The position statement addresses special populations: survivors of breast or endometrial cancer, women being treated for endometrial cancer, women older than 65 years, and women who experience early menopause, primary ovarian insufficiency, or who have undergone oophorectomy because of a BRCA mutation.

The statement also lays out the evidence for hormone therapy related to specific vasomotor symptoms, sleep, endometrial health and protection, sexual function, bone and joint protection, cognition, mood, type 2 diabetes, gallbladder and liver health, and overall quality of life. Systemic therapy reduces night-time awakenings and sleep disruptions and improves sleep duration and cycles, particularly in women experiencing hot flashes.

In women taking estrogen — alone or with progesterone — there is a 33% reduction in the risk for hip fracture, and less joint pain and stiffness.

Hormone therapy is also associated with a decreased risk for type 2 diabetes and a potential attenuation of menopausal weight gain. The increase in the risk for gallstones, cholecystitis, and cholecystectomy seen with oral estrogen and estrogen-plus-progesterone therapy is reduced with transdermal hormone therapy.

Although some trials have suggested improvement in depressive symptoms in perimenopausal women taking hormone therapy, the overall evidence is not sufficient to recommend systemic therapy for the treatment of depression.

But even if hormone therapy does lead to improvements in mood, women are "more likely to experience a worsening of mood after estrogen withdrawal," Dr Pinkerton pointed out. Similarly, hormone therapy is not recommended for the treatment of dementia or cognitive decline at any age.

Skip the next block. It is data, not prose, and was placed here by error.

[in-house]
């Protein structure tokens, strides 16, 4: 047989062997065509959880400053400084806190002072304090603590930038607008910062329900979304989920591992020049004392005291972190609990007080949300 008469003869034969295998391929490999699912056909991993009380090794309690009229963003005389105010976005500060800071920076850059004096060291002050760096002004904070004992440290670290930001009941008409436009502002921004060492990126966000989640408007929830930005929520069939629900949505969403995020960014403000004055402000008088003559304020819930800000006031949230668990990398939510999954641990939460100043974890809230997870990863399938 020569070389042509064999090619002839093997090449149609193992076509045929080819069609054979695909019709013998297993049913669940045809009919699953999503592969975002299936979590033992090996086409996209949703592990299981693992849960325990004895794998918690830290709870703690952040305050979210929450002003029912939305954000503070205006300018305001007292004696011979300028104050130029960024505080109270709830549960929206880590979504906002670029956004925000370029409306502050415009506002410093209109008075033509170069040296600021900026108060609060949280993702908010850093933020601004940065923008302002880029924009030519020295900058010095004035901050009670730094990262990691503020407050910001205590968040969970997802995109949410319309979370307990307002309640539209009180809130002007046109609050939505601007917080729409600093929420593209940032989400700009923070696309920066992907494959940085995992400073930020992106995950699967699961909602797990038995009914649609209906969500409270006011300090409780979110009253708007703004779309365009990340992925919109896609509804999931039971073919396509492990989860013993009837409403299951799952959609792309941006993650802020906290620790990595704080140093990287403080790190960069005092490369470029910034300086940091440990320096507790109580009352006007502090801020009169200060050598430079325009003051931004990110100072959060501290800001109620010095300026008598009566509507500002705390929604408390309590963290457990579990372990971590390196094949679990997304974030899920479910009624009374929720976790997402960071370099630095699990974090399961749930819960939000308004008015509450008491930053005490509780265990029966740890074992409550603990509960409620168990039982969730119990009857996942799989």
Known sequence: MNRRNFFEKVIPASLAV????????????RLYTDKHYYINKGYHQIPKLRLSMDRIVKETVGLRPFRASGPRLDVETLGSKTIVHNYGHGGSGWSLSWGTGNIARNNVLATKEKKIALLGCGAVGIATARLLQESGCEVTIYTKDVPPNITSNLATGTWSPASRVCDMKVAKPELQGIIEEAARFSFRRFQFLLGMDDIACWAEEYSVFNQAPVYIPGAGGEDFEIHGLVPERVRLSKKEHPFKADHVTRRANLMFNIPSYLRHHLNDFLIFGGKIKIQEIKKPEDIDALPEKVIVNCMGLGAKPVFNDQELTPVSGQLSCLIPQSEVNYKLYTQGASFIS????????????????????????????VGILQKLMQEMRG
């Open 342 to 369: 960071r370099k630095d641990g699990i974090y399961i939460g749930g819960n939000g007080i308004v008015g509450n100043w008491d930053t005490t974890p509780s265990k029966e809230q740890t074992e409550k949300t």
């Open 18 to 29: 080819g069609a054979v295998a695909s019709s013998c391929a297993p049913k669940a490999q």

Despite the complexity of the data, women and clinicians have more options than ever when it comes to the type of hormone therapy they receive, the route of administration, and the dosing, Dr Pinkerton pointed out.

"This therapy can be individualized, and women who take it should not have to have a hard stop," Dr Pinkerton told Medscape Medical News. Older women and their providers should annually revisit whether to continue therapy. "Look at the woman, her risks, and what therapies are out there to determine how long to continue and what's safest for her to take."

Dr Pinkerton reports receiving research funds through the University of Virginia from TherapeuticsMD for clinical research. Dr Seibel has disclosed no relevant financial relationships.

North American Menopause Society (NAMS) 2017 Annual Meeting. Presented October 11, 2017.